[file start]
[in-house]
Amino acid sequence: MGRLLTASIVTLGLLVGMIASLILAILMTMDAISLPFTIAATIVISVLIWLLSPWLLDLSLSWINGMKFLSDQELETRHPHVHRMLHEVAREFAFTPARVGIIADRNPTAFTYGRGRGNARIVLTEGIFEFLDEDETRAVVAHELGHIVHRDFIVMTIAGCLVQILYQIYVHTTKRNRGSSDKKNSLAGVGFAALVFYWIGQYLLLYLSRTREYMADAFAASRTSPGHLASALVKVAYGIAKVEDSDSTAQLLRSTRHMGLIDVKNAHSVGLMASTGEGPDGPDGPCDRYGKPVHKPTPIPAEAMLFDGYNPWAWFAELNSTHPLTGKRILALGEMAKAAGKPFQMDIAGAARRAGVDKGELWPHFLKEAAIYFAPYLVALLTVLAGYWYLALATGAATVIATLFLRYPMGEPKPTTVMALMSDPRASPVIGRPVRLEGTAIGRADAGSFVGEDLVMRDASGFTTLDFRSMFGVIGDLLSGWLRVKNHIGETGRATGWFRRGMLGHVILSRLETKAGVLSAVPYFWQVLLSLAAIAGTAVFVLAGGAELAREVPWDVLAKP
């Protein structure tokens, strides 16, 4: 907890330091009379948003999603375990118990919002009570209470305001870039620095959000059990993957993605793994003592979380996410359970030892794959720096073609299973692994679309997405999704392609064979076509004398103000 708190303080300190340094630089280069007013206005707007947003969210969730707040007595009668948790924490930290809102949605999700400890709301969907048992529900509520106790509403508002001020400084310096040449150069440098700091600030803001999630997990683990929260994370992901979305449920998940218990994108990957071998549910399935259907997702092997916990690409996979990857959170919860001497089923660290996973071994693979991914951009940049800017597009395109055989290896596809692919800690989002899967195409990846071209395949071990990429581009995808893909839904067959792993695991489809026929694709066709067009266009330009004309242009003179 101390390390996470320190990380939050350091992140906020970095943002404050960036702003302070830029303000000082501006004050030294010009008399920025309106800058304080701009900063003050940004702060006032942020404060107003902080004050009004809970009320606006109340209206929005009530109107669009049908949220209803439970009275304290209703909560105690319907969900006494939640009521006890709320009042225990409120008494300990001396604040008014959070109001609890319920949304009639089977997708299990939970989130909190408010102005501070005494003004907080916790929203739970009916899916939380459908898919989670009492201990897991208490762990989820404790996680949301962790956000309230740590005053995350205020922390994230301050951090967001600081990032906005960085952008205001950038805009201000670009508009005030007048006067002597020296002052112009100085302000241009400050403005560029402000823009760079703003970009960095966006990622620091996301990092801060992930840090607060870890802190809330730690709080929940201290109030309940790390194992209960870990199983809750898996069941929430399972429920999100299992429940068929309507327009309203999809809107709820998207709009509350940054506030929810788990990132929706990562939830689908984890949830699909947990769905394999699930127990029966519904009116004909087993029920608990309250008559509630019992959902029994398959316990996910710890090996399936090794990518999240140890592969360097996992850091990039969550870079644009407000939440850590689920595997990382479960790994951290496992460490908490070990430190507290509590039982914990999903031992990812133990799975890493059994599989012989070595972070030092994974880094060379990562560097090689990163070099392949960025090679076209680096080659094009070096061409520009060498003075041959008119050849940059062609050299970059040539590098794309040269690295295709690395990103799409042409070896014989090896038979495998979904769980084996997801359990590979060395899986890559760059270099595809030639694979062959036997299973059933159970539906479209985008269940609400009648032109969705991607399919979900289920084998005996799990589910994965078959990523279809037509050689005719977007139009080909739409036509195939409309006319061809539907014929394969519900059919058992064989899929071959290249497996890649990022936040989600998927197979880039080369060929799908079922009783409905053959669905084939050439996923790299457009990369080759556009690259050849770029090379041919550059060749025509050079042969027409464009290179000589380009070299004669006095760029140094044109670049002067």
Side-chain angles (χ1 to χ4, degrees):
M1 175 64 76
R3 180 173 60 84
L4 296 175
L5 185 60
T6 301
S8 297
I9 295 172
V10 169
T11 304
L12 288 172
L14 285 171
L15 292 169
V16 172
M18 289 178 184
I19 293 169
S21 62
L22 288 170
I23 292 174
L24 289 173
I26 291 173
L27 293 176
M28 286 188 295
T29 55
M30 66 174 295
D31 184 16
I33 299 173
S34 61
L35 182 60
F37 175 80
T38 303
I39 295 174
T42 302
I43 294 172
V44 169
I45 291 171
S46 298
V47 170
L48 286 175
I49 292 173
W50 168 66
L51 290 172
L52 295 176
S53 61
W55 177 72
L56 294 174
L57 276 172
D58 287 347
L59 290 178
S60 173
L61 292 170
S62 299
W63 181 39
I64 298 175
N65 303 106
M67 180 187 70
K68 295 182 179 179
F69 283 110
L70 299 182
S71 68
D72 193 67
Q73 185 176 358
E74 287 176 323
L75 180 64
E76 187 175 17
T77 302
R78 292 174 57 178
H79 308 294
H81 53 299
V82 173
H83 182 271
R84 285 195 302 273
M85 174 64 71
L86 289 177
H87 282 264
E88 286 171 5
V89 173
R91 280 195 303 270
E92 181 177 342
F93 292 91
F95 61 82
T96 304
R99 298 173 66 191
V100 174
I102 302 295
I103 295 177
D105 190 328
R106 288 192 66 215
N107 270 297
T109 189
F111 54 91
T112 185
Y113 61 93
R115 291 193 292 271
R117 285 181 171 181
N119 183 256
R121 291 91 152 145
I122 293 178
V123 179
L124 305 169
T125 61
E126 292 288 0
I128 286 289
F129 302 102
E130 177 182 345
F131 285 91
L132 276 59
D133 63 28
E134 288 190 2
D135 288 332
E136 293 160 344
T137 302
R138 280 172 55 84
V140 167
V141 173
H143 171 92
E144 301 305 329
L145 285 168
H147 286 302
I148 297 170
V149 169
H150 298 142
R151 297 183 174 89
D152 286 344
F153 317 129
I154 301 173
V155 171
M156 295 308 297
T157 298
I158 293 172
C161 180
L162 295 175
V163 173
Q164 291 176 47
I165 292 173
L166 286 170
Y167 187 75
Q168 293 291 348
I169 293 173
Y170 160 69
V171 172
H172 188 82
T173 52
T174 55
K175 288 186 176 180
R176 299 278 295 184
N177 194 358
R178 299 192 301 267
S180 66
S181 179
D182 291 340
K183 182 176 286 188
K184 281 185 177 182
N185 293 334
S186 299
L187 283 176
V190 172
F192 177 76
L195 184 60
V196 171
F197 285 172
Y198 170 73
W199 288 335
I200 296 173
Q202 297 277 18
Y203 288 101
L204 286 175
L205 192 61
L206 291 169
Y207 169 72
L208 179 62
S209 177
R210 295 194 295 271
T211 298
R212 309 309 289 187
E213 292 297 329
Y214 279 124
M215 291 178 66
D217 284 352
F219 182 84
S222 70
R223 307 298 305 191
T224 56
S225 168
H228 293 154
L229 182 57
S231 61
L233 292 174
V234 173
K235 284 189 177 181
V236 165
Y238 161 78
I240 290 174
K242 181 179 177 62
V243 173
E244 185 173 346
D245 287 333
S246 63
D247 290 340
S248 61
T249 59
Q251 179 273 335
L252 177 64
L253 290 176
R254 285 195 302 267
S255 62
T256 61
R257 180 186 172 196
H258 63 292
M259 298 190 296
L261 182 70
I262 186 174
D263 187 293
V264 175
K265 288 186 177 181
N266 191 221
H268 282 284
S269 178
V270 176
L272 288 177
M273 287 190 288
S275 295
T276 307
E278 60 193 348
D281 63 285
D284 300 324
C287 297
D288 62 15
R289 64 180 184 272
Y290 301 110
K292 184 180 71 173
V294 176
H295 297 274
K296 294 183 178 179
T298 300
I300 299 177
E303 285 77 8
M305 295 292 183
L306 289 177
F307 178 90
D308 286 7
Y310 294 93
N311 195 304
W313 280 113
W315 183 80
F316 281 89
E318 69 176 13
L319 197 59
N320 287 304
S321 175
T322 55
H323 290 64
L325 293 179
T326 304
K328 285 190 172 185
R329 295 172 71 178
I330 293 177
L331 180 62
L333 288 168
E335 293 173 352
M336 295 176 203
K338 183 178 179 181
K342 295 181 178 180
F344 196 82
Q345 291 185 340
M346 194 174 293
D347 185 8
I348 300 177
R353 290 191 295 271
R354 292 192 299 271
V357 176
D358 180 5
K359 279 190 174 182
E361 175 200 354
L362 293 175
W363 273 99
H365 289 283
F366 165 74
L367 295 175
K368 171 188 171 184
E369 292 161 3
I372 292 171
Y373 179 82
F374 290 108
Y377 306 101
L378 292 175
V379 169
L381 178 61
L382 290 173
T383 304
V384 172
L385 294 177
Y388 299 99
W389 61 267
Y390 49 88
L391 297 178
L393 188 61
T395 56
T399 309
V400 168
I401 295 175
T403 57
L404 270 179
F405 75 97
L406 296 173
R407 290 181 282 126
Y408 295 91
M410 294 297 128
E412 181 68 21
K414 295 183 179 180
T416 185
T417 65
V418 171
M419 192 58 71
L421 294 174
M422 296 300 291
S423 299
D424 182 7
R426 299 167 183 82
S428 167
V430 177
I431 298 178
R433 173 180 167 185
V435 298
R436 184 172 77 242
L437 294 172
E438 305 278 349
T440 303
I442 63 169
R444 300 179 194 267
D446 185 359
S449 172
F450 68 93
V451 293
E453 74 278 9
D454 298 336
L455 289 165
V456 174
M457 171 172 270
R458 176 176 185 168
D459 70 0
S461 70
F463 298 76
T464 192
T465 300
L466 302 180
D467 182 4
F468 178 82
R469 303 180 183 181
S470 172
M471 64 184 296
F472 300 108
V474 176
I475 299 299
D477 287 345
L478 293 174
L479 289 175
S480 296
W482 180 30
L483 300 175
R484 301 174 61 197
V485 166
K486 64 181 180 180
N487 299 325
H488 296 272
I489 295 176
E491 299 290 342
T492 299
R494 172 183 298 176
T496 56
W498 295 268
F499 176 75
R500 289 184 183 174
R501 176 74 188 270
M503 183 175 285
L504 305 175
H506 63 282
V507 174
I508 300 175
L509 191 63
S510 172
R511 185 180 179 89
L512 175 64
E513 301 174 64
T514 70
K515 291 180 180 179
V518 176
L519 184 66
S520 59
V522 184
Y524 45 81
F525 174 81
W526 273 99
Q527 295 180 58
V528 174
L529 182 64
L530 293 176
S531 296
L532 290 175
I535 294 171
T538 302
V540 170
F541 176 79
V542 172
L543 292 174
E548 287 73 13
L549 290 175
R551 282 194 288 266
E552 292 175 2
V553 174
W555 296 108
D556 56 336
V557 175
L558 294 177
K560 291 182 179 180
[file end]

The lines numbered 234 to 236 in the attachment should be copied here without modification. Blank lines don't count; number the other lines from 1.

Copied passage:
K292 184 180 71 173
V294 176
H295 297 274